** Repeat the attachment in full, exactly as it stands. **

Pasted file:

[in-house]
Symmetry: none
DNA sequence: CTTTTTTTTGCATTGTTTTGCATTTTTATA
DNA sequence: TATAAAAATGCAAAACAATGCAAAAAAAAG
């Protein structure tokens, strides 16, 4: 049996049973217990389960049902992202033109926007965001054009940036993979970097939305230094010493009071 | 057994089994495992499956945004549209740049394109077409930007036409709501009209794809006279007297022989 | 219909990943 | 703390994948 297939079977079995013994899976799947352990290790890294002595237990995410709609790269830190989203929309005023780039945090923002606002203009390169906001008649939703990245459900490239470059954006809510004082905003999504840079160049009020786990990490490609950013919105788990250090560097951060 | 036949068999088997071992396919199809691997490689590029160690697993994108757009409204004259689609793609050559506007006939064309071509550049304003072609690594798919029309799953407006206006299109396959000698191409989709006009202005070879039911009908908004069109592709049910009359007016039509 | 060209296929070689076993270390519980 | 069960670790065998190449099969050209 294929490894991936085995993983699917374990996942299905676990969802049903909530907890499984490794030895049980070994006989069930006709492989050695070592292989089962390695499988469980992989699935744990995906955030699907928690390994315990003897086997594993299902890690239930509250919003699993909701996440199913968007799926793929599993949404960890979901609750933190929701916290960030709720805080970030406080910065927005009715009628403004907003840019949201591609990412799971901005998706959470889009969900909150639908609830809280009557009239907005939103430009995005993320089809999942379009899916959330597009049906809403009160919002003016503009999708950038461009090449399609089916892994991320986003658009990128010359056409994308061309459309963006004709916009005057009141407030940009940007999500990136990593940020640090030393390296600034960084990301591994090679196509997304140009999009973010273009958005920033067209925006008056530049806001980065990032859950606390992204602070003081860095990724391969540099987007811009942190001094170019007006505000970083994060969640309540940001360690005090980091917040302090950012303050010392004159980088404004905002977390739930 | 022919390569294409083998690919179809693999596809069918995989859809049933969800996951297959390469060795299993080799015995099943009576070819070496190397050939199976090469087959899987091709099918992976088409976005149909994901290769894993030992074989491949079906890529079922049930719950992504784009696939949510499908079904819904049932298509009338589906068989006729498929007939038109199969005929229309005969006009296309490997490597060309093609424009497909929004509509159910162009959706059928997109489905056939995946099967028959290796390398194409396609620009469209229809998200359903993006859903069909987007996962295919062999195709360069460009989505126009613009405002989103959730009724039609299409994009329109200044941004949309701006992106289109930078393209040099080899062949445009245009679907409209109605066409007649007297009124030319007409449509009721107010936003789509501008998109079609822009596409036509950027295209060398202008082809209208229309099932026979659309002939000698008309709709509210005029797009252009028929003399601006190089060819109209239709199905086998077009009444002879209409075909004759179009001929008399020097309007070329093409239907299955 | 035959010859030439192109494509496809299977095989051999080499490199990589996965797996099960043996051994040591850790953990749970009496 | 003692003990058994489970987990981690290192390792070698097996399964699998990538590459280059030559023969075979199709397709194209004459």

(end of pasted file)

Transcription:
[in-house]
Symmetry: none
DNA sequence: CTTTTTTTTGCATTGTTTTGCATTTTTATA
DNA sequence: TATAAAAATGCAAAACAATGCAAAAAAAAG
């Protein structure tokens, strides 16, 4: 049996049973217990389960049902992202033109926007965001054009940036993979970097939305230094010493009071 | 057994089994495992499956945004549209740049394109077409930007036409709501009209794809006279007297022989 | 219909990943 | 703390994948 297939079977079995013994899976799947352990290790890294002595237990995410709609790269830190989203929309005023780039945090923002606002203009390169906001008649939703990245459900490239470059954006809510004082905003999504840079160049009020786990990490490609950013919105788990250090560097951060 | 036949068999088997071992396919199809691997490689590029160690697993994108757009409204004259689609793609050559506007006939064309071509550049304003072609690594798919029309799953407006206006299109396959000698191409989709006009202005070879039911009908908004069109592709049910009359007016039509 | 060209296929070689076993270390519980 | 069960670790065998190449099969050209 294929490894991936085995993983699917374990996942299905676990969802049903909530907890499984490794030895049980070994006989069930006709492989050695070592292989089962390695499988469980992989699935744990995906955030699907928690390994315990003897086997594993299902890690239930509250919003699993909701996440199913968007799926793929599993949404960890979901609750933190929701916290960030709720805080970030406080910065927005009715009628403004907003840019949201591609990412799971901005998706959470889009969900909150639908609830809280009557009239907005939103430009995005993320089809999942379009899916959330597009049906809403009160919002003016503009999708950038461009090449399609089916892994991320986003658009990128010359056409994308061309459309963006004709916009005057009141407030940009940007999500990136990593940020640090030393390296600034960084990301591994090679196509997304140009999009973010273009958005920033067209925006008056530049806001980065990032859950606390992204602070003081860095990724391969540099987007811009942190001094170019007006505000970083994060969640309540940001360690005090980091917040302090950012303050010392004159980088404004905002977390739930 | 022919390569294409083998690919179809693999596809069918995989859809049933969800996951297959390469060795299993080799015995099943009576070819070496190397050939199976090469087959899987091709099918992976088409976005149909994901290769894993030992074989491949079906890529079922049930719950992504784009696939949510499908079904819904049932298509009338589906068989006729498929007939038109199969005929229309005969006009296309490997490597060309093609424009497909929004509509159910162009959706059928997109489905056939995946099967028959290796390398194409396609620009469209229809998200359903993006859903069909987007996962295919062999195709360069460009989505126009613009405002989103959730009724039609299409994009329109200044941004949309701006992106289109930078393209040099080899062949445009245009679907409209109605066409007649007297009124030319007409449509009721107010936003789509501008998109079609822009596409036509950027295209060398202008082809209208229309099932026979659309002939000698008309709709509210005029797009252009028929003399601006190089060819109209239709199905086998077009009444002879209409075909004759179009001929008399020097309007070329093409239907299955 | 035959010859030439192109494509496809299977095989051999080499490199990589996965797996099960043996051994040591850790953990749970009496 | 003692003990058994489970987990981690290192390792070698097996399964699998990538590459280059030559023969075979199709397709194209004459």